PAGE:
SIGNALScape

U.S. Military Moving Toward Joint Information Environment

June 26, 2013
By George I. Seffers
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Lt. Gen. Ronnie Hawkins Jr., USAF, director of the Defense Information Systems Agency (DISA), spent some time during his luncheon keynote address talking about the Joint Information Environment (JIE), which the agency already has been working on for some time.

For example, DISA is consolidating data centers from 194 to about 12. Additionally, DISA has helped transition the Army to the enterprise email system. The Army was the first service to move to enterprise email, which officials project will save millions of dollars. The agency is now working with other services, agencies and organizations within the Defense Department to move them toward the new email service, as well. “In fact, at the end of this week, we’re going to be meeting [with the Office of the Secretary of Defense] to begin their migration to the enterprise email. It is working. It is very much a part of everything that we do,” Gen. Hawkins reported.

He revealed that the agency also has a number of pilot programs focused on the integration of voice, data and video. “Everything over [Internet protocol] is where we are going. We are looking at a unified capability being released out of DISA in fiscal year 2015,” he stated.

DISA Prepared to Announce App Store Contractor

June 26, 2013
By George I. Seffers
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The Defense Information Systems Agency (DISA) will likely announce within the next couple of weeks who will operate the Defense Department’s mobile app store, said Lt. Gen. Ronnie Hawkins Jr., USAF, DISA director.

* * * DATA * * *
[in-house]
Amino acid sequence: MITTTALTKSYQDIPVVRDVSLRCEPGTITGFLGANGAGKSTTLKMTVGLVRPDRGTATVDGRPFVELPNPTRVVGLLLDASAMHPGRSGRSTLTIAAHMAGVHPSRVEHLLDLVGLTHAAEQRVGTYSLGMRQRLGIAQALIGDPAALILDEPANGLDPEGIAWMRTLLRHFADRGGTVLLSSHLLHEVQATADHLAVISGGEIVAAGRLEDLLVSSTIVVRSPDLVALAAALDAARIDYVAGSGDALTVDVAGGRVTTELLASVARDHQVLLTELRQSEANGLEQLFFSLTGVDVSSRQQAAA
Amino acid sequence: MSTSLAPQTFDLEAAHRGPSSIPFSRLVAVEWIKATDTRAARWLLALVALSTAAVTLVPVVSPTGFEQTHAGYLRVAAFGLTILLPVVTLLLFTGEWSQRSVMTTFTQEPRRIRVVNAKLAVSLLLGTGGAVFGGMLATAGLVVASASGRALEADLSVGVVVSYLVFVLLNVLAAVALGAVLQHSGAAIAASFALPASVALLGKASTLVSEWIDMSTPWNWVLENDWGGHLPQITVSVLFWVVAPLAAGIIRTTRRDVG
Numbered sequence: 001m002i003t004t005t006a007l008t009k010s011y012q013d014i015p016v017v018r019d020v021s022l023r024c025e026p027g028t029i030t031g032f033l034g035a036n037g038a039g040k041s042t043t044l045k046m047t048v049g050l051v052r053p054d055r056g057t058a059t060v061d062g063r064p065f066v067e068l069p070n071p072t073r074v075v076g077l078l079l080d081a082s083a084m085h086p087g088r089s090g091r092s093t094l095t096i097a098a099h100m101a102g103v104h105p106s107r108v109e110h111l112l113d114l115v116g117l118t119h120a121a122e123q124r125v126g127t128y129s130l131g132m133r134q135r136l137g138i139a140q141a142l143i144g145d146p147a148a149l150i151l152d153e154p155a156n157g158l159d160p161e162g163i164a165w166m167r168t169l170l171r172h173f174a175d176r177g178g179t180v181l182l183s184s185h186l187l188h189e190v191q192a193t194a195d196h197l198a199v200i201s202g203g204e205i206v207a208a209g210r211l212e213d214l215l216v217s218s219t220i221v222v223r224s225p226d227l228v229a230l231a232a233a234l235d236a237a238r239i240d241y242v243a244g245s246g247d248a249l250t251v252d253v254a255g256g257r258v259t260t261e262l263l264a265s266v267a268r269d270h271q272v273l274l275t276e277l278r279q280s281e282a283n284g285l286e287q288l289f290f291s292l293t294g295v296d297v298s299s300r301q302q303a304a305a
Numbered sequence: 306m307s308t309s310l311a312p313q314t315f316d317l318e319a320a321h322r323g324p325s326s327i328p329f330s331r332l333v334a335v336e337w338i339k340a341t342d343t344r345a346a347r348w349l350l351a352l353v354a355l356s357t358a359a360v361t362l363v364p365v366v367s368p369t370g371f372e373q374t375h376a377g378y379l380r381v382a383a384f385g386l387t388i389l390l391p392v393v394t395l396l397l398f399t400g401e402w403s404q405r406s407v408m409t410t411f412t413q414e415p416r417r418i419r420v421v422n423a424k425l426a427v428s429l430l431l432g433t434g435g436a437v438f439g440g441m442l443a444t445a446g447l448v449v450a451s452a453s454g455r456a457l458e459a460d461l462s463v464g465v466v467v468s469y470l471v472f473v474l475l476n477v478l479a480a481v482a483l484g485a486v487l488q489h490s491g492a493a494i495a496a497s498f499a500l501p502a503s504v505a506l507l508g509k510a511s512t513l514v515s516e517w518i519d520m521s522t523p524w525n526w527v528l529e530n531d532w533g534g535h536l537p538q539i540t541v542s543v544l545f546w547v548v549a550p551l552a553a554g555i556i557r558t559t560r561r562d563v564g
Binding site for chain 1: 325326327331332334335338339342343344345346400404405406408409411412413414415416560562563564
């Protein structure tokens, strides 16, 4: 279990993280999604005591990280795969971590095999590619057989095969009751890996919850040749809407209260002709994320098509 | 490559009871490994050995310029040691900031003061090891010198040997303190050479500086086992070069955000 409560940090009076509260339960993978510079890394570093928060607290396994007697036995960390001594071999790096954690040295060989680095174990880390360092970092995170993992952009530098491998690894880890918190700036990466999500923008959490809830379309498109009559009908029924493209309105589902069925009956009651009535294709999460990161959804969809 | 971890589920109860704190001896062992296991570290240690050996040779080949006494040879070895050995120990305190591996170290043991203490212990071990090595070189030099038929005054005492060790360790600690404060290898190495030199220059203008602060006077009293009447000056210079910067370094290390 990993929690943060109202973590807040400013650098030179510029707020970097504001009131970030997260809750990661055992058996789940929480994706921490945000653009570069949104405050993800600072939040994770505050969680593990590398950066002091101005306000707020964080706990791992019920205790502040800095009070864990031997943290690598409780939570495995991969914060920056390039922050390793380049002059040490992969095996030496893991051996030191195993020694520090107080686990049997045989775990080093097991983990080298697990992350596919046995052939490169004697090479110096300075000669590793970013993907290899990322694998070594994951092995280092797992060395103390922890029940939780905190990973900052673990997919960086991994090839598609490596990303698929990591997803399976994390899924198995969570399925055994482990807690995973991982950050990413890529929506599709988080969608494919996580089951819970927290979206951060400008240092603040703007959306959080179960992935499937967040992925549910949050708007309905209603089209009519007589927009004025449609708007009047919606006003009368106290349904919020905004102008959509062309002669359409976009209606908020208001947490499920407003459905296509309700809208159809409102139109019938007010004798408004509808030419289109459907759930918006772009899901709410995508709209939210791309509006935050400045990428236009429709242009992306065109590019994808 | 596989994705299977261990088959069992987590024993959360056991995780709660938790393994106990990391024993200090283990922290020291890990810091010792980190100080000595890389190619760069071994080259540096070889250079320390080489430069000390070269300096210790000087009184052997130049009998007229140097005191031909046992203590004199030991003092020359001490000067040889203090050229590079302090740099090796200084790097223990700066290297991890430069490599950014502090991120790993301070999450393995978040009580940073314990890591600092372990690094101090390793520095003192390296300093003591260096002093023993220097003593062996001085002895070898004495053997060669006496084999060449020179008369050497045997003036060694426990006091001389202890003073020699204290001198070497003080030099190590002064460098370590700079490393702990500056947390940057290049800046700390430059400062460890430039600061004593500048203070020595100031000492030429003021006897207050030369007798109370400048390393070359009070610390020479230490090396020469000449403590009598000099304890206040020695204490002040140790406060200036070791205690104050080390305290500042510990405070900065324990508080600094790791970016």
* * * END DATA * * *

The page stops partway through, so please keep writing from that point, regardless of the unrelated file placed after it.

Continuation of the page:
The general, delivering the keynote address during the Wednesday luncheon at the AFCEA International Cyber Symposium in Baltimore, described mobile as a disruptive technology for the Defense Department. The agency has distributed secure mobile phones across the department for accessing secure email and other critical services. “It is a game changer from how we’ve been moving information before,” Gen. Hawkins said. “We have been going through that competitive process, and we’re about to release the name of where it is we’re going with that. I can’t tell you who that is because our folks are still working that at the contractual level. I believe that will be done in the next couple of weeks,” he revealed.

Cyberspace is a Team Sport

June 26, 2013
By George I. Seffers
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Maj. Gen. Jennifer Napper, USA, director of plans and policy, U.S. Cyber Command, and other panelists at the AFCEA International Cyber Symposium in Baltimore said that cyber requires cooperation across the U.S. government, with the private sector and with other nations, including China and Russia.

Gen. Napper cited her decade of experience working with international partners on a variety of projects, plans, initiatives and operations. “While we’ve made great progress in many areas, there’s always room for more improvement. This is especially true in the area of operations in and through cyberspace. This more than any other area must be a team sport,” she said.